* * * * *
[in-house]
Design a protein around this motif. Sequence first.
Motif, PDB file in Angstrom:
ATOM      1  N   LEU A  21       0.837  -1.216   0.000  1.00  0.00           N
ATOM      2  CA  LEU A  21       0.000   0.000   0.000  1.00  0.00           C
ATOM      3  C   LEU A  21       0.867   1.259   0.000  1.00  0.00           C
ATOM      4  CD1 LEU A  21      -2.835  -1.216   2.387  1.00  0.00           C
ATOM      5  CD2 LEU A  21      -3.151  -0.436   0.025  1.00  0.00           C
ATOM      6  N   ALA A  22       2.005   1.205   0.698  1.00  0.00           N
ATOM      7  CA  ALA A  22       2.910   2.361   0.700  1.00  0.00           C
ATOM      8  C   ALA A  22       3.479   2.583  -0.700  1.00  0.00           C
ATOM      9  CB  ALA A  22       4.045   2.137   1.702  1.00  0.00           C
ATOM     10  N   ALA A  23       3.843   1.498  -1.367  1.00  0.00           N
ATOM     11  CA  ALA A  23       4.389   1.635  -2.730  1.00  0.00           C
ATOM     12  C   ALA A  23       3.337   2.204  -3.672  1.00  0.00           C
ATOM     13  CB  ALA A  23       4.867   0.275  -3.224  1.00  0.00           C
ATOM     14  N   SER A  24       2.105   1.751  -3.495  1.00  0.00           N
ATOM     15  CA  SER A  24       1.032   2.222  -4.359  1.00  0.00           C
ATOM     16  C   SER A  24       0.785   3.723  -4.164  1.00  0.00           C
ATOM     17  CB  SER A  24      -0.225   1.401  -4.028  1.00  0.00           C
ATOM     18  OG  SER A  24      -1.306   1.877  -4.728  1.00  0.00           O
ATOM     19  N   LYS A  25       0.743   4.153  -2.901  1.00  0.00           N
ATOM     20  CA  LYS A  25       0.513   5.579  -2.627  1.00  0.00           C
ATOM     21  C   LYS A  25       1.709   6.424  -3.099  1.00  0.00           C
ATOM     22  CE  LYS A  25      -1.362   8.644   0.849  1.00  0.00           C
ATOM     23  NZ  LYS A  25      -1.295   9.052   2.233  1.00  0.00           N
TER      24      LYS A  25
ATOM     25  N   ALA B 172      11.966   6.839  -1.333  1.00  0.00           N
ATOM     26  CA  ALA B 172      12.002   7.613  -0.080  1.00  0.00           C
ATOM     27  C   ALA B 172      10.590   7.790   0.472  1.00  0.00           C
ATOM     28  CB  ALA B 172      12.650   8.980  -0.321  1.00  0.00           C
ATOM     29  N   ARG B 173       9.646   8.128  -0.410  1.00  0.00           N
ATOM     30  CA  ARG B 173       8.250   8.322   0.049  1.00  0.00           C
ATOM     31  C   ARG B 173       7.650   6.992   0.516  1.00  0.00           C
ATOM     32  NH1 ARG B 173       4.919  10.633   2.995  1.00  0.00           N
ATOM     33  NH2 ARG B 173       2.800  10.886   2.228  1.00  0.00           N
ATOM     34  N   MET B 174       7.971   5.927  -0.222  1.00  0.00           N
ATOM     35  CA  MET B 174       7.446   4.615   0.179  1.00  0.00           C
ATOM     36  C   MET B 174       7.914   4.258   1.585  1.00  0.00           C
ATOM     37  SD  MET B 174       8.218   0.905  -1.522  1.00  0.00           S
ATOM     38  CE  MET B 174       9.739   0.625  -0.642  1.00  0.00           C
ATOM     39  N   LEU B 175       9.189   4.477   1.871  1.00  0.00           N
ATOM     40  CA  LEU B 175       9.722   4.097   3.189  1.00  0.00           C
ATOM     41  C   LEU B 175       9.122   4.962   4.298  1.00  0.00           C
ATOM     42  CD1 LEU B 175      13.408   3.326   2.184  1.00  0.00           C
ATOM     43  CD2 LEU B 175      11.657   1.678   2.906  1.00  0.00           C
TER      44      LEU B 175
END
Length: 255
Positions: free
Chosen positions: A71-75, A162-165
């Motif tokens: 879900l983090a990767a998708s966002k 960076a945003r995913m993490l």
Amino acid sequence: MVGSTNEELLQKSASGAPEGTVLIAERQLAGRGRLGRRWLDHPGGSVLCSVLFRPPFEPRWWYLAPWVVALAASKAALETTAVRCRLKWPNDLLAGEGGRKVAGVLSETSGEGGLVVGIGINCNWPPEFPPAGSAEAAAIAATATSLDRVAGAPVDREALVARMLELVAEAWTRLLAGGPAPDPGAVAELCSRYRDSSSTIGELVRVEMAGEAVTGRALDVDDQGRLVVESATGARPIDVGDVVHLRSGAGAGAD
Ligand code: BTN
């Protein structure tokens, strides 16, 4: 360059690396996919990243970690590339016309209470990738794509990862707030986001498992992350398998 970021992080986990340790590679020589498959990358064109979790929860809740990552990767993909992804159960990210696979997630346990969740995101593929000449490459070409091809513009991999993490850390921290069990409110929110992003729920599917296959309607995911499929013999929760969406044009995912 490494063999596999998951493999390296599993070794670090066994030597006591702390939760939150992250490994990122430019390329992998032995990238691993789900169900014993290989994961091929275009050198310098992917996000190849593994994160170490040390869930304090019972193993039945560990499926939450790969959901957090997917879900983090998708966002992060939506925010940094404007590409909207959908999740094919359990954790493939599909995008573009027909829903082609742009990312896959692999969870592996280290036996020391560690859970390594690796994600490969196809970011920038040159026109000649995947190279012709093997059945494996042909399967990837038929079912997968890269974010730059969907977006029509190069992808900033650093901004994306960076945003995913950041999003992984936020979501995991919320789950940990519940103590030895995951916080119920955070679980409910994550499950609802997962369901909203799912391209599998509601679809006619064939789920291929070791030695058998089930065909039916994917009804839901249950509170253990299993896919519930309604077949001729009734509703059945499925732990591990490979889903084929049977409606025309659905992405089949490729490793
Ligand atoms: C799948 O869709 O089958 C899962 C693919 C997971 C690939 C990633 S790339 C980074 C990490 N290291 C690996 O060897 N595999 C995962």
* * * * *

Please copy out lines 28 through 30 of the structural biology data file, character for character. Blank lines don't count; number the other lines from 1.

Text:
ATOM     25  N   ALA B 172      11.966   6.839  -1.333  1.00  0.00           N
ATOM     26  CA  ALA B 172      12.002   7.613  -0.080  1.00  0.00           C
ATOM     27  C   ALA B 172      10.590   7.790   0.472  1.00  0.00           C